As I’ve mentioned, my next article will revolve around how I put together a portable lighting rig that allowed me to produce high-key corporate headshots. If you haven’t already got all the kit you need for clamshell lighting, then maybe hold off on your purchases until next week. I’ll show you exactly how I did it and let you know all the pieces of kit you’ll need to create photos like the one below.


It’s impossible for me to condense all this information into a short, easy-to-digest article. I’m always having to leave things out to avoid these articles becoming too lengthy. If you want to learn more about lighting, then please take a look at the lighting courses SLR Lounge have created, they’re great. You can find Lighting 101 here and Lighting 201 here.

This site contains affiliate links to products. We may receive a commission for purchases made through these links, however, this does not impact accuracy or integrity of our content.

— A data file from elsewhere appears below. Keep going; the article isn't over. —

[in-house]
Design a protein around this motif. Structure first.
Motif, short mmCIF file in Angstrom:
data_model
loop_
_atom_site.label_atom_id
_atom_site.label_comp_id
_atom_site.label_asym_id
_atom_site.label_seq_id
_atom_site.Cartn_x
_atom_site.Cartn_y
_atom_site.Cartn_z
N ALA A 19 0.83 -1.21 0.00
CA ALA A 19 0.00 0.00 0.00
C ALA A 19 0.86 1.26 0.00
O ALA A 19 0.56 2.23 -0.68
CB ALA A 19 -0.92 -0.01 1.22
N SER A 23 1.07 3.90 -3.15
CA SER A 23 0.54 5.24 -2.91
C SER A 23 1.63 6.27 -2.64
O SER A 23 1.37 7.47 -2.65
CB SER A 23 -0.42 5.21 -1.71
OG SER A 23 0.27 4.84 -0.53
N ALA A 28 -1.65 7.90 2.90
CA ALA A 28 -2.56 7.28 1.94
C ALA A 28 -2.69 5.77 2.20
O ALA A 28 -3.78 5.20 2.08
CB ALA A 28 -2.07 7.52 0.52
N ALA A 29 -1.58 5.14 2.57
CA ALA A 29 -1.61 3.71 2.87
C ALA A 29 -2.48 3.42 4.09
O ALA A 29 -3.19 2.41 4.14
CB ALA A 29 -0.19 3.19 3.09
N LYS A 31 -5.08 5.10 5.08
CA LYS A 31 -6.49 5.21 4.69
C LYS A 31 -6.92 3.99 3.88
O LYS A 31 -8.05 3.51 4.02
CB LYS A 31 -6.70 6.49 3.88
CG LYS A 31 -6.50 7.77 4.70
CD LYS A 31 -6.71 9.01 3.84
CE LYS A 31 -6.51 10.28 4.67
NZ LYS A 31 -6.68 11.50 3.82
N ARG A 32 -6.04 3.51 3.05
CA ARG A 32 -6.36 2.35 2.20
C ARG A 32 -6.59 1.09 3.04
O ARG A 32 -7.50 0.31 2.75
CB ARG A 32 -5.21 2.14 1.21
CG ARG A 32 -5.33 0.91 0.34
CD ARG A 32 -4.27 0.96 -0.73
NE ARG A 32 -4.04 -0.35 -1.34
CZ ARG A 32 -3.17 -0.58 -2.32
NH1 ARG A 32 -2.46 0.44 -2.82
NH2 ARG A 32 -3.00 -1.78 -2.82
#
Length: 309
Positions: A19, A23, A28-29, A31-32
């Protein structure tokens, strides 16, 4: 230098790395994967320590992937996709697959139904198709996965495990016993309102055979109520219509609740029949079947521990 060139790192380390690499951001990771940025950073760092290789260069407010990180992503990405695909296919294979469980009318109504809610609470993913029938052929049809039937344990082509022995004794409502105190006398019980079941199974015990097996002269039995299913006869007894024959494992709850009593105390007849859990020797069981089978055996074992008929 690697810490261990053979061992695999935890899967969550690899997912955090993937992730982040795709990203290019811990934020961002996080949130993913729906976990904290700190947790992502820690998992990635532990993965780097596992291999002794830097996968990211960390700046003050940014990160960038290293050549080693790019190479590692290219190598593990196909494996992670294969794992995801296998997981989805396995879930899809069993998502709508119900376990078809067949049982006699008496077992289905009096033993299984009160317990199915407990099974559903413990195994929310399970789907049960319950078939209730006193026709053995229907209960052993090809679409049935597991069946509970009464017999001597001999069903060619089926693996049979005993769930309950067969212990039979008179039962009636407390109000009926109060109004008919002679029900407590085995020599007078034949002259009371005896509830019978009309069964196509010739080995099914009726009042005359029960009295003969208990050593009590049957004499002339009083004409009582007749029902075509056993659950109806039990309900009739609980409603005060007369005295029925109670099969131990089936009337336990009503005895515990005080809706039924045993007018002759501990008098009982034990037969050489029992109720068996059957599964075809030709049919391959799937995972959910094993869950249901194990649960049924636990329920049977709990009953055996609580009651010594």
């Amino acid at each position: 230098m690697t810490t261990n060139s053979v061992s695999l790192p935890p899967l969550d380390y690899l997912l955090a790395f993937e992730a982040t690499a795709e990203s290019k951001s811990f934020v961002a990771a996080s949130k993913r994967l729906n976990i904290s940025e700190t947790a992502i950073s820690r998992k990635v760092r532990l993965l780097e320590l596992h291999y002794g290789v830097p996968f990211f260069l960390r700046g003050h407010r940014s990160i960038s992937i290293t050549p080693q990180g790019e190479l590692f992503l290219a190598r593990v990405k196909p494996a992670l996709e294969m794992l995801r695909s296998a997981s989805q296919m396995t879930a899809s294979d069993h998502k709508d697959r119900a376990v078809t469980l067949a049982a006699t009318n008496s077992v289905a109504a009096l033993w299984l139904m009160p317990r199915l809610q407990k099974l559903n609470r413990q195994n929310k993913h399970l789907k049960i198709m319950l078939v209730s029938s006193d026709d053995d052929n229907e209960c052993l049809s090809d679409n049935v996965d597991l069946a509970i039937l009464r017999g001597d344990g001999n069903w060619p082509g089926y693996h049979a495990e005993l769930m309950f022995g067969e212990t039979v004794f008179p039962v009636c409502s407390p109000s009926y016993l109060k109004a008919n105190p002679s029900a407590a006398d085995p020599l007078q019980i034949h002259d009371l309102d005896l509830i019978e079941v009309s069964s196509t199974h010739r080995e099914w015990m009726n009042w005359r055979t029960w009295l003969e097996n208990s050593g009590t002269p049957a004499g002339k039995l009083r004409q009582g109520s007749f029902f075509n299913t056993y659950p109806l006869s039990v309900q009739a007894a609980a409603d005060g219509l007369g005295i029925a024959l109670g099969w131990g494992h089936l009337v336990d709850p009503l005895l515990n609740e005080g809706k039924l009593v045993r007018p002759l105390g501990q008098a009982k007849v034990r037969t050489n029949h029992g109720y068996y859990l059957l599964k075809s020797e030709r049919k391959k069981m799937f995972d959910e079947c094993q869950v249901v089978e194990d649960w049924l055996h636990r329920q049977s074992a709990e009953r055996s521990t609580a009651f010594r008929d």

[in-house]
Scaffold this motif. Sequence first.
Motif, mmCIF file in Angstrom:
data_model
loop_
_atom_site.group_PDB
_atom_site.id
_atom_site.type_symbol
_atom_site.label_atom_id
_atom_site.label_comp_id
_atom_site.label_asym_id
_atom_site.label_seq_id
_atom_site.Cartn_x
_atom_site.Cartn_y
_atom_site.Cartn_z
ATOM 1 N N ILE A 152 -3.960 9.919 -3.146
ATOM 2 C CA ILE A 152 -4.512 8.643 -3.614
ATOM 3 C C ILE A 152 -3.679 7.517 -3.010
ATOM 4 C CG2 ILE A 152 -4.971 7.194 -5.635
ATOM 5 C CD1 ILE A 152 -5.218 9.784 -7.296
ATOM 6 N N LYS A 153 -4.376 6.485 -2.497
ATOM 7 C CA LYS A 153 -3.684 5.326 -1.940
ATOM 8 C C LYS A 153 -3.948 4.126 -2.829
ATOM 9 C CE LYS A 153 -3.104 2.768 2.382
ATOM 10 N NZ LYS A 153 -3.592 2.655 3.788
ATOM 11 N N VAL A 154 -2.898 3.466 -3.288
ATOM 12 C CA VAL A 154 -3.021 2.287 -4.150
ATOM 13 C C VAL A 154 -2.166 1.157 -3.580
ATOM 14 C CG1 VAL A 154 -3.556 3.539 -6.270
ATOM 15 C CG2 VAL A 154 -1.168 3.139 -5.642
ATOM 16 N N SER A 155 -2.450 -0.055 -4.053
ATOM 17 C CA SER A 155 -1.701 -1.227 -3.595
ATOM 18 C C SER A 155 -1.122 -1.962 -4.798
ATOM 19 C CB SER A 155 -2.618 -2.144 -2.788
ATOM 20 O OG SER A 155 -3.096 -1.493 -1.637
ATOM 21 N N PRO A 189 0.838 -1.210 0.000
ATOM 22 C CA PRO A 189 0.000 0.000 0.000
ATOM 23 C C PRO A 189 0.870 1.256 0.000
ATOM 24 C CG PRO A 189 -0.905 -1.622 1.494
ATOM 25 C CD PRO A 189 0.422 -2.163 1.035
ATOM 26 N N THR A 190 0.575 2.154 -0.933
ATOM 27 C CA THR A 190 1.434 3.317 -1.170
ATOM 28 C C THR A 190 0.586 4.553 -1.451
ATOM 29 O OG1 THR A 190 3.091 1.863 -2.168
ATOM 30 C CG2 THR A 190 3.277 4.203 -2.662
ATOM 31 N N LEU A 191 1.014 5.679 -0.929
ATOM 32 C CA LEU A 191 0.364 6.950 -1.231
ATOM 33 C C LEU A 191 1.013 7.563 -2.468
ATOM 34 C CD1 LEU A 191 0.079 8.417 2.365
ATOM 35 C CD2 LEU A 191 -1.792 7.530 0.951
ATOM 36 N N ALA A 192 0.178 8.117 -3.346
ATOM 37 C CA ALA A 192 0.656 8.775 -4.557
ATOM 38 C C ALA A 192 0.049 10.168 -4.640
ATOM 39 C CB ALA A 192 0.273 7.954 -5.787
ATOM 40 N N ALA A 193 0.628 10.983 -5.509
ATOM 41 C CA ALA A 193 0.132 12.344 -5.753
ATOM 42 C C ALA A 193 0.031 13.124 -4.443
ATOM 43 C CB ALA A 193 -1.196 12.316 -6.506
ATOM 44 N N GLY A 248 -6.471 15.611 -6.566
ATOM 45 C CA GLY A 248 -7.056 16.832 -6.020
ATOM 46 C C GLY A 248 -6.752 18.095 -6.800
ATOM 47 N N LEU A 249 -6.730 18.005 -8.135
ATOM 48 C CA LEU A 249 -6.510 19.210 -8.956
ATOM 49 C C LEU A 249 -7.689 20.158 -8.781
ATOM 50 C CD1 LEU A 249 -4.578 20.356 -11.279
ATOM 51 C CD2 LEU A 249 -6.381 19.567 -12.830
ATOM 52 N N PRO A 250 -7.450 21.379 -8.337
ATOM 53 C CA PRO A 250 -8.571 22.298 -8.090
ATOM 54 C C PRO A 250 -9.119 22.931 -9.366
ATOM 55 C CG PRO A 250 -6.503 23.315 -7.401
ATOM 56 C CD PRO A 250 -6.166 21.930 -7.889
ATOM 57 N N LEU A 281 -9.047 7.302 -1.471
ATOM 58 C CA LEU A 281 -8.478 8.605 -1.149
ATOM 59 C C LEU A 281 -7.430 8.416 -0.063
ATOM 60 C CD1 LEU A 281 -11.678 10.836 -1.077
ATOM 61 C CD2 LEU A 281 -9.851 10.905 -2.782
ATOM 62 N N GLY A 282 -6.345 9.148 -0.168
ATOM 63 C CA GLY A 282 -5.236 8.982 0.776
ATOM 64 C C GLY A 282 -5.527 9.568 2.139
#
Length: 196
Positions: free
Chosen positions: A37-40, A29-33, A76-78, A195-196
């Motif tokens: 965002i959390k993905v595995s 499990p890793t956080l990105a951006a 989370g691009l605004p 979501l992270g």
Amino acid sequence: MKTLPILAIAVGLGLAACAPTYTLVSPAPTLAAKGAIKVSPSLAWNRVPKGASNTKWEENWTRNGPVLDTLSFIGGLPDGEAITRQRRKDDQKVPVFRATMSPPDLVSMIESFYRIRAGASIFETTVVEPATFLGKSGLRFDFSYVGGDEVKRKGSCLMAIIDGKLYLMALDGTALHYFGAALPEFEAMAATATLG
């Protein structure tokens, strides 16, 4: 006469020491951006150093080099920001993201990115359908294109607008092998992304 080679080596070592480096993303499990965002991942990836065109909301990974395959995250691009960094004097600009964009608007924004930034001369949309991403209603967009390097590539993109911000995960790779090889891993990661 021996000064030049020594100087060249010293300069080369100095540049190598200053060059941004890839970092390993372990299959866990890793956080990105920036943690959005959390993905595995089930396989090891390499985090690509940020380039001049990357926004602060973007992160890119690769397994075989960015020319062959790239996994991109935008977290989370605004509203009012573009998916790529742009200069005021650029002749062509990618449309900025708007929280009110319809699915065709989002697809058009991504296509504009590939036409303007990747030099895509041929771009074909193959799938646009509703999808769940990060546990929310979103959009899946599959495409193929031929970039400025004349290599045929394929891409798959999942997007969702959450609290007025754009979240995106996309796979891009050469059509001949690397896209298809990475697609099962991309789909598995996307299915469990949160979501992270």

Max began his career within the film industry. He’s worked on everything from a banned horror film to multi-million-pound commercials crewed by top industry professionals. After suffering a back injury, Max left the film industry and is now using his knowledge to pursue a career within photography.

Website: SquareMountain 
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Q&A Discussions

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  1. Peter Stout

    Hey Max, not to sound impatient, but high key clam shell is exactly what I’m looking to learn at the moment for a shoot in 2 weeks. When do you expect your next article? I’ll need to do this without a backdrop, so I’m assuming you’re using the softbox from behind? I’d love to see some actual photos on how you set up this look, not just a diagram.